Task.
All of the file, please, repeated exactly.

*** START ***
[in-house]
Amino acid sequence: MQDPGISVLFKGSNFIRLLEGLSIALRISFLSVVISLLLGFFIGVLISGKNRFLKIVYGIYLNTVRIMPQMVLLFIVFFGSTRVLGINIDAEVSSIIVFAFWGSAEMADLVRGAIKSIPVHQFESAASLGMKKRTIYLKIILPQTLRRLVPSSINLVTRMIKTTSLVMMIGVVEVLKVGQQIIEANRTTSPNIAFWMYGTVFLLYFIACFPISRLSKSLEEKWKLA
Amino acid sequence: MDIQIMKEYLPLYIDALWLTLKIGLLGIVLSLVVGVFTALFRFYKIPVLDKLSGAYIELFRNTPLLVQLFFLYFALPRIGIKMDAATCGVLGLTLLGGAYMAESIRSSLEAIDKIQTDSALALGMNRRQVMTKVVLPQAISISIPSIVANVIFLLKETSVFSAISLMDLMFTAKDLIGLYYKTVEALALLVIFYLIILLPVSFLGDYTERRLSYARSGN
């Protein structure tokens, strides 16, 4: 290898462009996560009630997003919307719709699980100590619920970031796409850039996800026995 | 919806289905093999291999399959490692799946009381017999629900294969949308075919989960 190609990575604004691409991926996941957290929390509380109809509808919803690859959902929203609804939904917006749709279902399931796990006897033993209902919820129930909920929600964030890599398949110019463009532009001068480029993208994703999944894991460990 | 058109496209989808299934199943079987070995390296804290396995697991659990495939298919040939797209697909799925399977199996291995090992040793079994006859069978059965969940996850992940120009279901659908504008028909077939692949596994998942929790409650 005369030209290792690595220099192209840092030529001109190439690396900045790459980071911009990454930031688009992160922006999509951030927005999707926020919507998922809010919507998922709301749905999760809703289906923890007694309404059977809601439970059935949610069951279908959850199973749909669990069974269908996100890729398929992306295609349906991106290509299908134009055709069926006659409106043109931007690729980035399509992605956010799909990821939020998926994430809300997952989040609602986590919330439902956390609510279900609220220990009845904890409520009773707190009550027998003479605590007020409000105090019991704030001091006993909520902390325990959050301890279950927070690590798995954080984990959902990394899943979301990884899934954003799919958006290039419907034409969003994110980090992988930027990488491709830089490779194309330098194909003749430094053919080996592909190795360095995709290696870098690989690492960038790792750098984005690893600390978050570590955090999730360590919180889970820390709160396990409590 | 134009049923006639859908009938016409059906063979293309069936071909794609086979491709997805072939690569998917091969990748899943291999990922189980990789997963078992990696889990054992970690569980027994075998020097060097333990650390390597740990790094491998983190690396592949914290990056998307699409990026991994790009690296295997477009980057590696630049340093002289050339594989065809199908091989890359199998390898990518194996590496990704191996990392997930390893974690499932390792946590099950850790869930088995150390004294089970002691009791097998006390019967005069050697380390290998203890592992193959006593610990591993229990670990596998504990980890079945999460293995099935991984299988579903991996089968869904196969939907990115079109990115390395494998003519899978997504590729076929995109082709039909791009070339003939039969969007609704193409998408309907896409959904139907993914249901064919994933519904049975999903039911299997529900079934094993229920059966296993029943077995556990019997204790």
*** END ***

[in-house]
Amino acid sequence: MQDPGISVLFKGSNFIRLLEGLSIALRISFLSVVISLLLGFFIGVLISGKNRFLKIVYGIYLNTVRIMPQMVLLFIVFFGSTRVLGINIDAEVSSIIVFAFWGSAEMADLVRGAIKSIPVHQFESAASLGMKKRTIYLKIILPQTLRRLVPSSINLVTRMIKTTSLVMMIGVVEVLKVGQQIIEANRTTSPNIAFWMYGTVFLLYFIACFPISRLSKSLEEKWKLA
Amino acid sequence: MDIQIMKEYLPLYIDALWLTLKIGLLGIVLSLVVGVFTALFRFYKIPVLDKLSGAYIELFRNTPLLVQLFFLYFALPRIGIKMDAATCGVLGLTLLGGAYMAESIRSSLEAIDKIQTDSALALGMNRRQVMTKVVLPQAISISIPSIVANVIFLLKETSVFSAISLMDLMFTAKDLIGLYYKTVEALALLVIFYLIILLPVSFLGDYTERRLSYARSGN
């Protein structure tokens, strides 16, 4: 290898462009996560009630997003919307719709699980100590619920970031796409850039996800026995 | 919806289905093999291999399959490692799946009381017999629900294969949308075919989960 190609990575604004691409991926996941957290929390509380109809509808919803690859959902929203609804939904917006749709279902399931796990006897033993209902919820129930909920929600964030890599398949110019463009532009001068480029993208994703999944894991460990 | 058109496209989808299934199943079987070995390296804290396995697991659990495939298919040939797209697909799925399977199996291995090992040793079994006859069978059965969940996850992940120009279901659908504008028909077939692949596994998942929790409650 005369030209290792690595220099192209840092030529001109190439690396900045790459980071911009990454930031688009992160922006999509951030927005999707926020919507998922809010919507998922709301749905999760809703289906923890007694309404059977809601439970059935949610069951279908959850199973749909669990069974269908996100890729398929992306295609349906991106290509299908134009055709069926006659409106043109931007690729980035399509992605956010799909990821939020998926994430809300997952989040609602986590919330439902956390609510279900609220220990009845904890409520009773707190009550027998003479605590007020409000105090019991704030001091006993909520902390325990959050301890279950927070690590798995954080984990959902990394899943979301990884899934954003799919958006290039419907034409969003994110980090992988930027990488491709830089490779194309330098194909003749430094053919080996592909190795360095995709290696870098690989690492960038790792750098984005690893600390978050570590955090999730360590919180889970820390709160396990409590 | 134009049923006639859908009938016409059906063979293309069936071909794609086979491709997805072939690569998917091969990748899943291999990922189980990789997963078992990696889990054992970690569980027994075998020097060097333990650390390597740990790094491998983190690396592949914290990056998307699409990026991994790009690296295997477009980057590696630049340093002289050339594989065809199908091989890359199998390898990518194996590496990704191996990392997930390893974690499932390792946590099950850790869930088995150390004294089970002691009791097998006390019967005069050697380390290998203890592992193959006593610990591993229990670990596998504990980890079945999460293995099935991984299988579903991996089968869904196969939907990115079109990115390395494998003519899978997504590729076929995109082709039909791009070339003939039969969007609704193409998408309907896409959904139907993914249901064919994933519904049975999903039911299997529900079934094993229920059966296993029943077995556990019997204790």